by Chaplain (Lieutenant Colonel) Mark F. Plaushin, OSFS
Most every soldier, sailor, Marine or airman serving in the Middle East Theatre of Operations feels the pain of being far from home. Yet both our faith and our sense of neighborhood remind us that home can be closer than you think.
Three of us who share common faith are neighbors back in the Lehigh Valley and now serve here in the desert of Kuwait. Each of us, having met here for the first time, are reminded that something of our homes in the Leigh Valley is a little closer because we are here together, and because we all work to help others experience home through faith in God. We all serve in the 3rd Army's Area Support Group in Kuwait.
I am an Oblate of St. Francis de Sales, living and teaching at DeSales University, deployed now as Support Group Catholic Chaplain with a parish as large as this desert state, a little smaller than New Jersey. I am the Catholic Pastor for the American military and civilians that compose the largest forward deployed element of 3rd U.S. Army, General George Patton's former command, headquartered in Atlanta. As a Chaplain I work in a unique dynamic of service to men and women of all faiths, Catholics in particular and the Commander and his staff. I provide supervision and mentoring to four Unit Ministry Teams; each composed of a priest and enlisted body guard. Together we cover six Army bases, two Navy bases, one Air Force Base and the U.S. Embassy. An Army Chaplain must be able to work with Chaplains of many faiths, denominations and services. It's what gives the Chaplain a very rich experience that many civilian clergy will not have. However, the needs of the Army sometimes complicate the mission. For example, this past Monday we lost one priest and his body guard to a mission in Afghanistan. I don't know how long he'll be gone, but now I have to rework the schedule and it will mean one base will not get Easter services originally planned. While these challenges exist, one way my faith has been reinforced is in the many encounters I have with unselfish soldiers and sailors like Frank Najera and Tiffany Roman.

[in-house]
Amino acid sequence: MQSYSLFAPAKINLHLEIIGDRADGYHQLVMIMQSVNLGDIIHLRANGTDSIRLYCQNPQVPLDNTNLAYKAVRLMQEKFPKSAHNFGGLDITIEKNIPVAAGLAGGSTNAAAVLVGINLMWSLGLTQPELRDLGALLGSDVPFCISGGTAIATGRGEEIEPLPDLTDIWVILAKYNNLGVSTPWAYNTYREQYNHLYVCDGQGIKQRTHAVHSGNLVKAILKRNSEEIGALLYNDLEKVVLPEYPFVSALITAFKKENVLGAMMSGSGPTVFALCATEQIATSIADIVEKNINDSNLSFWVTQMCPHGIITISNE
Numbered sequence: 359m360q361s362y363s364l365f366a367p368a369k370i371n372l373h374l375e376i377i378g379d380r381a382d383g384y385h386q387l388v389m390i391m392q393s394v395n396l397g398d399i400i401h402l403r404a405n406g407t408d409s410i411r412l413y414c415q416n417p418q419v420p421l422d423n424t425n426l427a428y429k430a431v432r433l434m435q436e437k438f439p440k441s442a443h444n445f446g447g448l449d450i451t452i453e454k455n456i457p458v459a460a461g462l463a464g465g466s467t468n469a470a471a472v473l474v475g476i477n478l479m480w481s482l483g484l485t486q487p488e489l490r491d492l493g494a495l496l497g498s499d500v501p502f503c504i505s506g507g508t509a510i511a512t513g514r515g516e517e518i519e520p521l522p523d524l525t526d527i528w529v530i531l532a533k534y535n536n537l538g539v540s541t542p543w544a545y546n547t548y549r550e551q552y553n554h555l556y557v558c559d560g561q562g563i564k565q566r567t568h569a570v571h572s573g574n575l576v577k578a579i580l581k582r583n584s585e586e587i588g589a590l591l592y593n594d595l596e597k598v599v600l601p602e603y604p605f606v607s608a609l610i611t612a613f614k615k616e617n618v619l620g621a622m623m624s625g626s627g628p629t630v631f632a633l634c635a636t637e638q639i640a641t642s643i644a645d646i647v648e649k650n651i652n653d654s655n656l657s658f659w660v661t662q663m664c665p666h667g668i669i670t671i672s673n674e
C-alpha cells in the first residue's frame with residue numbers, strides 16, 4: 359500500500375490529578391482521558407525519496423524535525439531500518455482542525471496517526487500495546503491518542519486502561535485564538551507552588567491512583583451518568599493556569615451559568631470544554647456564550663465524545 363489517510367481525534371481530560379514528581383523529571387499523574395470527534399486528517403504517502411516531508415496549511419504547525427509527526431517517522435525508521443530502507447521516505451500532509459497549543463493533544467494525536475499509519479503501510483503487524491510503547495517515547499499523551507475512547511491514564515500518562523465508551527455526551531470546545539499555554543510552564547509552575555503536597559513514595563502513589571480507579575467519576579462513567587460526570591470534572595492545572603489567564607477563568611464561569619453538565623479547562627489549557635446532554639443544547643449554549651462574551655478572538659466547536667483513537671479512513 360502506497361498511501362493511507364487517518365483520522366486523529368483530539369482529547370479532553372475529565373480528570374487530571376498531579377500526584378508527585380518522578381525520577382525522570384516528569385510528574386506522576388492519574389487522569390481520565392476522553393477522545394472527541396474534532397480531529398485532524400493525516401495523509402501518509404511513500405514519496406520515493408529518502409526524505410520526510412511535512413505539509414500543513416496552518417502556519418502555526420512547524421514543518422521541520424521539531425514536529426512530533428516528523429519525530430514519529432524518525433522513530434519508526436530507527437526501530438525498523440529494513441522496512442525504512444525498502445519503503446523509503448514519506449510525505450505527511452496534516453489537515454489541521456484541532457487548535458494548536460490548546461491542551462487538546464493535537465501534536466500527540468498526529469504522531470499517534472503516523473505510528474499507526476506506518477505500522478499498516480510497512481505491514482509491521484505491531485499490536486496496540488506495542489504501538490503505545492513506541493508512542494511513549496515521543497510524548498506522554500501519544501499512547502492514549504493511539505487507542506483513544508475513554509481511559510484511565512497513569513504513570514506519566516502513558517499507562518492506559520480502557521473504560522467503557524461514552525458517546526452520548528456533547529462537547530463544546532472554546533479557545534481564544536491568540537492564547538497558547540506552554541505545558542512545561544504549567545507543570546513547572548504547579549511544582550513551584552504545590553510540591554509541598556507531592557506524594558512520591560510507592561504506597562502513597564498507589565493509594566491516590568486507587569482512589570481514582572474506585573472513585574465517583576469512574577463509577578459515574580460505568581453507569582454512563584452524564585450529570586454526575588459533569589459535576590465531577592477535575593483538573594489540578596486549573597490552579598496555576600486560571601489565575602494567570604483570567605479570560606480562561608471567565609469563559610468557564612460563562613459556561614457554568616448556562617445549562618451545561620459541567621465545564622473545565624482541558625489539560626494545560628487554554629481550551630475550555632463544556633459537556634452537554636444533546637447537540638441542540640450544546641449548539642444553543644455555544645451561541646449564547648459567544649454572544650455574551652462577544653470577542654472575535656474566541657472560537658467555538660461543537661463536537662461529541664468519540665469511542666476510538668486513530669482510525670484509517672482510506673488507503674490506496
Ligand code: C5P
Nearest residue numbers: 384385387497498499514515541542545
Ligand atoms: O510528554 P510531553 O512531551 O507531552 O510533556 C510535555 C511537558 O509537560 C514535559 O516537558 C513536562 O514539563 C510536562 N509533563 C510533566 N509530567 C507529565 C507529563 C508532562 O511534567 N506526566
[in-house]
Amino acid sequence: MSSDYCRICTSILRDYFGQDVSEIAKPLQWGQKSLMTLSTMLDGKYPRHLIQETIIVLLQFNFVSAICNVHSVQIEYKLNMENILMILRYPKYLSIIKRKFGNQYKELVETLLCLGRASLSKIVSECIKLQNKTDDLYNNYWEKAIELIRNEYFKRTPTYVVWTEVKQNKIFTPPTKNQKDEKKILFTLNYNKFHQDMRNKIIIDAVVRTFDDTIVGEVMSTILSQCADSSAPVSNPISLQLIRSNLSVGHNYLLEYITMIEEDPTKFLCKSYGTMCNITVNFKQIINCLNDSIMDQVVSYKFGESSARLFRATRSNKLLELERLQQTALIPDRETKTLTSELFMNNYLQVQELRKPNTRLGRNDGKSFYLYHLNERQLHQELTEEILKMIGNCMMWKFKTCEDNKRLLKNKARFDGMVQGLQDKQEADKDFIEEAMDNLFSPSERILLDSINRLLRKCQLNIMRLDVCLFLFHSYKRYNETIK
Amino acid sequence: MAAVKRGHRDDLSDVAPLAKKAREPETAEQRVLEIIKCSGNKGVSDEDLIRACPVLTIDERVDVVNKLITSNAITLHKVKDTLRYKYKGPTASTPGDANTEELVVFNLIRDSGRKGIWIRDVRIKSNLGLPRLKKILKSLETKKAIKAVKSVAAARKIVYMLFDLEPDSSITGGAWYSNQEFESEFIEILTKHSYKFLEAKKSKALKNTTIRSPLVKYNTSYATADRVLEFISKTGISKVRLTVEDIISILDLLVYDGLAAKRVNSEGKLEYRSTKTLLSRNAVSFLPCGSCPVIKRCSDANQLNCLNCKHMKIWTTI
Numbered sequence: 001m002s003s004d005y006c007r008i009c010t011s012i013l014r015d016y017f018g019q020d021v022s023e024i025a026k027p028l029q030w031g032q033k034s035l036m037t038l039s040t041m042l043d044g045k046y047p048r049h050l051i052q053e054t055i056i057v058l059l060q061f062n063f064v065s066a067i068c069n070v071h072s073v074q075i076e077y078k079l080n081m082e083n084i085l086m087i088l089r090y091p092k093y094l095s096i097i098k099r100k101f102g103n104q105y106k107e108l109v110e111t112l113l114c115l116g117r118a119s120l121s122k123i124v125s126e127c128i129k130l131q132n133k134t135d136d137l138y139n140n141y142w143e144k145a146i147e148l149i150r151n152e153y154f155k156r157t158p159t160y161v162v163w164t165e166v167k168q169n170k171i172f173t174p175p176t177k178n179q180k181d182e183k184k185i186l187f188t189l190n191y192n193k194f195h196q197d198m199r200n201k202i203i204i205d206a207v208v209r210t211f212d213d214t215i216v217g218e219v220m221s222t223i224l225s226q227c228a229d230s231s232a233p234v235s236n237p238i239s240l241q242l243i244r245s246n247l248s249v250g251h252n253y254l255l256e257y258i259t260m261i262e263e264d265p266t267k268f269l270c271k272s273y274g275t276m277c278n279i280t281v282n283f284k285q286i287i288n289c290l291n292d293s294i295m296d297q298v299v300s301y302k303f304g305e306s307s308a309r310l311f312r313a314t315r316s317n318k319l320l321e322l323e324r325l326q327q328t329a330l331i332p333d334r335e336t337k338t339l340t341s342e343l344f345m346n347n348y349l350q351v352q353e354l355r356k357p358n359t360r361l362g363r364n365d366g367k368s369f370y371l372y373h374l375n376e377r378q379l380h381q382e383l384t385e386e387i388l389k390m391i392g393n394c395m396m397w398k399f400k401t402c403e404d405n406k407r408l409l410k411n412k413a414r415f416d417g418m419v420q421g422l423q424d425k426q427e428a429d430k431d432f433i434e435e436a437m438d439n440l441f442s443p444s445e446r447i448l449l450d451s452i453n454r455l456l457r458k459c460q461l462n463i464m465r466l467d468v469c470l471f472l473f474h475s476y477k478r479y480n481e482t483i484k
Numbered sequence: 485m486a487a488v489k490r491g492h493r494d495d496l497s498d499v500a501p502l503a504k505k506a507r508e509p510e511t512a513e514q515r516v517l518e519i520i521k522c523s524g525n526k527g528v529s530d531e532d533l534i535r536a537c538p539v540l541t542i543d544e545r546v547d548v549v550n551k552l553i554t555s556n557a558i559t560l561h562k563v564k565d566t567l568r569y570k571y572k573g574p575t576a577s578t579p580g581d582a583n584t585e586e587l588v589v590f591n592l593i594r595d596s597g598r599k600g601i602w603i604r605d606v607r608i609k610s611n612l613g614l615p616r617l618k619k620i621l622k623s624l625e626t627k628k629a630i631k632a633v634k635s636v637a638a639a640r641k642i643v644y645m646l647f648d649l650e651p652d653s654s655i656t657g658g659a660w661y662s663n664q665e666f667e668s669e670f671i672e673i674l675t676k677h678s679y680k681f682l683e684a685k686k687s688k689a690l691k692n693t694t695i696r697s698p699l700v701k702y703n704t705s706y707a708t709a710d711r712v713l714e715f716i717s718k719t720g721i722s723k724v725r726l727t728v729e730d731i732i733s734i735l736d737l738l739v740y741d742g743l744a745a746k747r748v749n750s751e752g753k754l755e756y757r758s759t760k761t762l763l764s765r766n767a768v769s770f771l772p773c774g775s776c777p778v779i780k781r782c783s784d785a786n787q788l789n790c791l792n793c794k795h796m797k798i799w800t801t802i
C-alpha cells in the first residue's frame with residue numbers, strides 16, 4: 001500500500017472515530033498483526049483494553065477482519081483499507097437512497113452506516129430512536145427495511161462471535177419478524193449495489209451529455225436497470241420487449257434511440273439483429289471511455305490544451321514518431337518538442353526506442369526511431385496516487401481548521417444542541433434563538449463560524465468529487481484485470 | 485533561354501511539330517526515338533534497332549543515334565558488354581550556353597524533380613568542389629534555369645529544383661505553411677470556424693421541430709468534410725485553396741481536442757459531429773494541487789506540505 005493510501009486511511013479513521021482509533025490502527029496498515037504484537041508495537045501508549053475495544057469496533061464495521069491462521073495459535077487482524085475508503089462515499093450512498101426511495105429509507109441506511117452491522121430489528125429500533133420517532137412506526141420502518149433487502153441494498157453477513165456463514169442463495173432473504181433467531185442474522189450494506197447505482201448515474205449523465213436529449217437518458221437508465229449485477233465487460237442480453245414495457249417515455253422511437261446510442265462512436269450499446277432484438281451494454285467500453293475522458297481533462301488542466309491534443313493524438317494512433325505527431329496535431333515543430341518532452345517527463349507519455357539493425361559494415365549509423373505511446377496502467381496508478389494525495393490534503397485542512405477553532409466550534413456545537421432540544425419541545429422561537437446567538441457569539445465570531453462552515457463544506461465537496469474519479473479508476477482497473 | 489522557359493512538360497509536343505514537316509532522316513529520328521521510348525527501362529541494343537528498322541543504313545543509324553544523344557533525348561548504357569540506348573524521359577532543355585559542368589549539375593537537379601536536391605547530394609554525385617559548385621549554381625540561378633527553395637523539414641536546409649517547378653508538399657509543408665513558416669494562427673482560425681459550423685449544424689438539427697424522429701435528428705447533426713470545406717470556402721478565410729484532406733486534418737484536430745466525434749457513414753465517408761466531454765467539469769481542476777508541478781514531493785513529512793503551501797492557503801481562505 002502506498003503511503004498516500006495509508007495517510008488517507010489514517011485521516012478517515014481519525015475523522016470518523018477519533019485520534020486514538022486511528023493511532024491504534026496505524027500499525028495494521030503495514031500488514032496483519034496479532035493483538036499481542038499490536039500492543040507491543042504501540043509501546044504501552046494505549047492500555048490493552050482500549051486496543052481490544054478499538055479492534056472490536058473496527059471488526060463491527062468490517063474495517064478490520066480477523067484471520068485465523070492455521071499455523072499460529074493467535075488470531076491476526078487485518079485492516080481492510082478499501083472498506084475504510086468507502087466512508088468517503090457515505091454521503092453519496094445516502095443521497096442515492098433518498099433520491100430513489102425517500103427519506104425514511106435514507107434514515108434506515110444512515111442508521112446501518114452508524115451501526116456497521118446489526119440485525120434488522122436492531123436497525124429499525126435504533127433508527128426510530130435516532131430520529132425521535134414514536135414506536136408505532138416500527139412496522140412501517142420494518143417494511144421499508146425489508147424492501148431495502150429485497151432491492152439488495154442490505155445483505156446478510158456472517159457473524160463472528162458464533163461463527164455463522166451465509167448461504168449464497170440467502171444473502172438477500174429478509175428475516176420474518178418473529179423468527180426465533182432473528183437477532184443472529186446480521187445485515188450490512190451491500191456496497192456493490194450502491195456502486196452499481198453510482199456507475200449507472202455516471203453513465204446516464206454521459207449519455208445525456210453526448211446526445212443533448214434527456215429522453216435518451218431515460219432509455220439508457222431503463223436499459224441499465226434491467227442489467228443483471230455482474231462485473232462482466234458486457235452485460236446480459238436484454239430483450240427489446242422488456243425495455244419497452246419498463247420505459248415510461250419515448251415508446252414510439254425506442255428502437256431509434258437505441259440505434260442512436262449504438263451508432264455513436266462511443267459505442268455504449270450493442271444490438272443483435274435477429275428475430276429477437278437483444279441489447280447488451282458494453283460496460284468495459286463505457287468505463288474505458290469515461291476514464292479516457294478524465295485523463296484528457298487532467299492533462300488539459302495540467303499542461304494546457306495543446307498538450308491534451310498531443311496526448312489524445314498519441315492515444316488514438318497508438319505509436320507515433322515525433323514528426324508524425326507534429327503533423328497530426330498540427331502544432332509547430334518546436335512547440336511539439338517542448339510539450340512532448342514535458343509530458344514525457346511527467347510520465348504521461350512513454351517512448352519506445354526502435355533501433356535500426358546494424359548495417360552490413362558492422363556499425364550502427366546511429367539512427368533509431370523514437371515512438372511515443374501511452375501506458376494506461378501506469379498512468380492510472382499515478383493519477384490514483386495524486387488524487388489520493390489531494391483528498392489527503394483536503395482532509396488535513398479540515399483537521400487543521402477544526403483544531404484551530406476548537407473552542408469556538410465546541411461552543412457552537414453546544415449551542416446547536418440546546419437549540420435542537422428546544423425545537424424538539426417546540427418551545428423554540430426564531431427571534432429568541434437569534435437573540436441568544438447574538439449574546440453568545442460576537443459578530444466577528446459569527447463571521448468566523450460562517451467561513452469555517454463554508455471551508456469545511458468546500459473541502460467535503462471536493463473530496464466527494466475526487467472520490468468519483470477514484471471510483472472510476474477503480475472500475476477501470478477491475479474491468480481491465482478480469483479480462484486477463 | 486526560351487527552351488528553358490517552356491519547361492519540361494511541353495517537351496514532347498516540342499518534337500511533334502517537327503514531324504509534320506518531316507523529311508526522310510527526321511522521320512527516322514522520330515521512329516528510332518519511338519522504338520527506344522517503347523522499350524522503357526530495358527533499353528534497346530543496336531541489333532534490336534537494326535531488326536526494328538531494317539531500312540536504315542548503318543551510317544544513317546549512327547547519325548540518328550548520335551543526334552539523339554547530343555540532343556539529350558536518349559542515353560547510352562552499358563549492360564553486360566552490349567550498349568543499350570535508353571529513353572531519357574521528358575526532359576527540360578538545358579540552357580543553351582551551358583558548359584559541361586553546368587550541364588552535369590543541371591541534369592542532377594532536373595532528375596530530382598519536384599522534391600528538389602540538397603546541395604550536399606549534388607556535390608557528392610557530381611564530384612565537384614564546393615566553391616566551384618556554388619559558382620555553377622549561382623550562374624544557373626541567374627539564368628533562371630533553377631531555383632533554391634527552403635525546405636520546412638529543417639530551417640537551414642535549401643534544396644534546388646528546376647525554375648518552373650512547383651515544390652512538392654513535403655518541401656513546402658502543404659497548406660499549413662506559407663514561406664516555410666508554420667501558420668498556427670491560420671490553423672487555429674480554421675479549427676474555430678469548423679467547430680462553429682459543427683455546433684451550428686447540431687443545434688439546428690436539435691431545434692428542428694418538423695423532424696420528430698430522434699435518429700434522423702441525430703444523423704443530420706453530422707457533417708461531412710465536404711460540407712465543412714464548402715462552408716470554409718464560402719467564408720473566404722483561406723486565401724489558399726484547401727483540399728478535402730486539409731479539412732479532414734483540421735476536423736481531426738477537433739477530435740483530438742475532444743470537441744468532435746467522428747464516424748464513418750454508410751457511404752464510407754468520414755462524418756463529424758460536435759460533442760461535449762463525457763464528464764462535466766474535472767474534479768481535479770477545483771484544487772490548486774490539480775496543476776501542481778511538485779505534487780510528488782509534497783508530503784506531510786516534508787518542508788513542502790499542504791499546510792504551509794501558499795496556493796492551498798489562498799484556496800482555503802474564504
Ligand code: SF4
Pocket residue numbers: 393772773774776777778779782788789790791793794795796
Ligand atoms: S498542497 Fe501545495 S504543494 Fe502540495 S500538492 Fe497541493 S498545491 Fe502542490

Petty Officer 2nd Class Frank Najera, Jr. is with the U.S. Navy's Customs Unit, which insures the safe flow of equipment and supplies through a local Naval Base. Frank and his unit work 24 hours a day insuring that cargo coming into and out of Kuwait is safe and free from contraband, dangerous materials or unauthorized items. The Navy is the harbor's police force and protection. Their patrol craft escort sea going traffic in and out of the port and they thoroughly inspect baggage and containers. While much attention rightly focuses on the men and women who are on patrol in Iraq, the reader would be amazed at the tons of supplies and equipment that must be safely on and off-loaded to support their mission in Iraq.
Frank is a career Navy man and enjoys the opportunity to serve as a local customs agent. Within the Catholic community he is a reader at the base and provides a clear and reverent proclamation of the Word at Mass and in leading the weekly Bible study. This apple hasn't fallen far from the tree. Frank's dad is Deacon Francisco Najera, of St. Joseph's Parish in Reading. Home for Frank is Lower Macungie Township. There he and his wife, Michele, raise their sons, Brendan and Preston, and worship at St. Joseph the Worker Parish. But it will be as I exit the DeSales University campus via the Lehigh Valley's busy highways and look in my rear view mirror that I will likely see Frank when we get back home—behind the wheel of the police car behind me. Frank is a 6-year veteran of the Upper Saucon Township Police Department and DeSales University is part of his beat.